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Leica Digilux 2

At a Glance
  • Generic Company Place Holder Leica DIGILUX 2 Bridge Camera

Leica Digilux 2
Photograph: Rick Rizner

The Digilux 2 is a big Bradley Fighting Vehicle of a digital camera that costs $1850, more than twice as much as its predecessor, last year's Digilux 1. Made to last from premium materials, according to the company, it looks like one of the Leica M-Series models that make film-camera purists go all weak in the knees.

$1850 is still cheap for a Leica, but it's an outrageous price for a fixed-lens digital camera, and while the camera carries a big "Leica Camera Germany" label on the back, it's made in Japan with some help from Panasonic. (The almost-identical Panasonic Lumix DMC-LC1 sells for $250 less.) For this money, you can get a true digital SLR like Canon's 10D and have cash left over for at least one lens. So why would you spend $1850 on a point-and-shoot with a fancy name on it?

Perhaps because the Digilux 2 has several features you won't find on any other point-and-shoot model. The big, fast (f2), gorgeous lens has rings for zoom, focus, and aperture adjustment, just like an old-fashioned SLR. They move smoothly, and you can make adjustments much more quickly than with a typical digital camera. You can, of course, set the camera to focus and choose an aperture automatically if you want.

Even more useful is the unique two-position built-in flash, which can pop up high so it'll fire over the big lens and its detachable hood, or can cock back to bounce light off the ceiling. The bounce-flash feature works wonderfully for simulating natural light in indoor shots. However, the camera has no low-light focusing aid--a glaring omission on a digital camera that uses an electronic viewfinder instead of an optical one, as the Digilux 2 does, because it's hard to see your subject in a dark viewfinder. On the other hand, the LCD is very large, at 2.5 inches, which helps a bit in dim settings; it's a treat to use in good lighting.

You can control the camera remotely via its USB 2.0 connection using downloadable Windows or Mac software (as you might with an SLR in a studio setting). The software lets you set aperture value, shutter speed, and a few image-quality parameters; it also allows you to take shots at regular intervals.

The Digilux 2's 2/3-inch, 5-megapixel CCD is unusually large; it's the same size as the CCDs in the new 8-megapixel models. Most 5-megapixel cameras' CCDs measure closer to 1/2-inch in size. The Digilux 2's lower pixel density should mean that it should not have to amplify light as much to get the proper exposure, and thus should translate into less image noise. In our test shots, the Digilux 2 did a good job suppressing noise, but not as well as the 8-megapixel Olympus C-8080 and Nikon Coolpix 8700 did.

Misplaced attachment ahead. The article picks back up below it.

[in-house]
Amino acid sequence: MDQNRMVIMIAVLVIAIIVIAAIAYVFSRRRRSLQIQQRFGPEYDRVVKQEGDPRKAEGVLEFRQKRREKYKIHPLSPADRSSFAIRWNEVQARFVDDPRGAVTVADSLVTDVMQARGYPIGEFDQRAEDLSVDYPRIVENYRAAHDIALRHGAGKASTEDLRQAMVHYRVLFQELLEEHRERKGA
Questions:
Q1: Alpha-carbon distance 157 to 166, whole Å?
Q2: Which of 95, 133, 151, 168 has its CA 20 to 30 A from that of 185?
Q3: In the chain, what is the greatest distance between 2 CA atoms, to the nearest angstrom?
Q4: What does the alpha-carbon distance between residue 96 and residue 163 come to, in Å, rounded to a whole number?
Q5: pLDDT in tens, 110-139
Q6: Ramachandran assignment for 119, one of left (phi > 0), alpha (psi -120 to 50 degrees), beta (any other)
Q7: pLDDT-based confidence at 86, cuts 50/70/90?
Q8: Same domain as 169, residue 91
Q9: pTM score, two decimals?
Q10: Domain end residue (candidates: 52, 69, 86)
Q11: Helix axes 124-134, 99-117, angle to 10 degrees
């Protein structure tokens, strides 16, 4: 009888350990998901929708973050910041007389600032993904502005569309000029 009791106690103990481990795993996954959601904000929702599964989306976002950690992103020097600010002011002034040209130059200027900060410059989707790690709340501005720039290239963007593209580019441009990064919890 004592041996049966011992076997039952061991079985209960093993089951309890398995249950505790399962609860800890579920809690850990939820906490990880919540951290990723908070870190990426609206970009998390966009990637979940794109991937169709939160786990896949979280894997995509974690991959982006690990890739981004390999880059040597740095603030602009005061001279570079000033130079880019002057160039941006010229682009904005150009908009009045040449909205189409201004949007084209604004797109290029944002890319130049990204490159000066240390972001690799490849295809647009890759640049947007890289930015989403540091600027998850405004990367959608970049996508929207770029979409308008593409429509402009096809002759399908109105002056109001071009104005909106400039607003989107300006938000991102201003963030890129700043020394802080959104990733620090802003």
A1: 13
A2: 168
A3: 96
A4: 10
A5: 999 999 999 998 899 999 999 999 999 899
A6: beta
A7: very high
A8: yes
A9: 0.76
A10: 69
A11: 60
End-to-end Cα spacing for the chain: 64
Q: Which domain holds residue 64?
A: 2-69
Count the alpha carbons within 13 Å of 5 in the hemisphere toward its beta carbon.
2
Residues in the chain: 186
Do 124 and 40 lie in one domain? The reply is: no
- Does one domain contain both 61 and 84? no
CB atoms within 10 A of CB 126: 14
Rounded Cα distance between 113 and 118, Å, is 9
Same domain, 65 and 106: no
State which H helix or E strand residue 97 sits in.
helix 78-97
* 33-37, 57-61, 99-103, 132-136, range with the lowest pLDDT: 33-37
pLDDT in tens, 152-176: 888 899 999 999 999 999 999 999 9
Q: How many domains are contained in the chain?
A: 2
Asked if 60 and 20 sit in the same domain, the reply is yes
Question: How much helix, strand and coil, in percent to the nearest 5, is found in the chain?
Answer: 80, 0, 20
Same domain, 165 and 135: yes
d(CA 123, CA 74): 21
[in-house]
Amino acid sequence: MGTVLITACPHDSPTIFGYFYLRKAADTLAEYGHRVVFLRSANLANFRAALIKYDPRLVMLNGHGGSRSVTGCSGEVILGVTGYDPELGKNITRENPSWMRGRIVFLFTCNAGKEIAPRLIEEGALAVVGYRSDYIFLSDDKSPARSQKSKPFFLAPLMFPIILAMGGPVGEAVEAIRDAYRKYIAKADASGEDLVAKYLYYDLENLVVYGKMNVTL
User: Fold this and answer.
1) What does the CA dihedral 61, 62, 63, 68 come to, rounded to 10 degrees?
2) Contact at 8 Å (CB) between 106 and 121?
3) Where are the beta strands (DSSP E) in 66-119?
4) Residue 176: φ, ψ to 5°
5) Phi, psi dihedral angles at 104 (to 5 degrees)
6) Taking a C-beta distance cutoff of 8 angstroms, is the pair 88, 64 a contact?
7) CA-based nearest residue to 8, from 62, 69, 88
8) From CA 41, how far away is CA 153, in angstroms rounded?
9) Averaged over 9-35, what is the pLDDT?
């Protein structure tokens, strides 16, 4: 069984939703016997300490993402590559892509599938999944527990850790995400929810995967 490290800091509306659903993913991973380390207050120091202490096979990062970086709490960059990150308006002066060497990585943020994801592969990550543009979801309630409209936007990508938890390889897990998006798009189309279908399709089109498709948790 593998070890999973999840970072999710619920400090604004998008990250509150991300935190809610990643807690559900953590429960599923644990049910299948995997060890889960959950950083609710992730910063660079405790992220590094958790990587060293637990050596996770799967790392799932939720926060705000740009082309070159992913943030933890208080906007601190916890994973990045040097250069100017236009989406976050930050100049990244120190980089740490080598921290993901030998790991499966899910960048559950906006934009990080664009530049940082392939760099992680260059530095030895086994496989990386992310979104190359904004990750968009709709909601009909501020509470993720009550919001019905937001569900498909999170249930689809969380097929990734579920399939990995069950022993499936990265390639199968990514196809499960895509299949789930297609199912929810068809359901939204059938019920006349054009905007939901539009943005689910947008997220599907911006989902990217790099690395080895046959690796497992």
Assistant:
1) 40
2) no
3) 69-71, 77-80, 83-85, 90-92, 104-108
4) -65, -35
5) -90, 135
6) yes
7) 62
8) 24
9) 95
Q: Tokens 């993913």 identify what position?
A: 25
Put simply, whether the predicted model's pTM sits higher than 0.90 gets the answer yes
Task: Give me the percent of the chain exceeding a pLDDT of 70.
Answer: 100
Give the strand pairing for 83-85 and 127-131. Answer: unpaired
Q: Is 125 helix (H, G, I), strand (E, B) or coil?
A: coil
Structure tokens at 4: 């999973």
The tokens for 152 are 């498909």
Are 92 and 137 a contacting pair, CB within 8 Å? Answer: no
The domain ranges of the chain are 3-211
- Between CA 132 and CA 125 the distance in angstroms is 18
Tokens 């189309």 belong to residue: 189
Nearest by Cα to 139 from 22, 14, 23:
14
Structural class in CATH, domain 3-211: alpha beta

Most of our test shots went the same way; we got some great shots with the Digilux 2, but the 8-megapixel models performed even better. In a magnified test shot of text and test patterns, the Digilux's image looked at least as sharp as what we've seen from any other 5-megapixel model, but the Olympus's and Nikon's shots appeared sharper still. However, the Digilux 2 kept up in color judging: Two shots looked a little dark, but we were generally pleased with its accuracy, especially in the way the camera distinguished red from orange in a difficult-to-reproduce floral scarf.

As you can do on some digital Nikons, you can tweak this camera's settings in fully automatic mode by rotating a ring on the back while aiming at your subject and holding the shutter release down (no, it's not easy). It has white-balance presets plus manual calibration, but you can use a menu command to further tweak those settings (choosing more red or more blue). The Digilux 2 plays back images slowly, and you can't view more than one shot at a time. The camera's speaker is located on the back left of the camera, so if you set the camera to beep, it goes off in your right ear if you use the electronic viewfinder. The manual has almost no illustrations, and the English translation is very dry reading. Leica covers the camera with a three-year parts-and-labor warranty--three times as long as most camera manufacturers offer.

The Digilux 2 has several valuable, interesting features, and it feels as if you could drive railroad spikes with it. If only it had one of those 8-megapixel CCDs--then we'd probably feel differently about its German-engineering price.

Alan Stafford

This story, "Leica Digilux 2" was originally published by PCWorld.

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At a Glance
  • Generic Company Place Holder Leica DIGILUX 2 Bridge Camera

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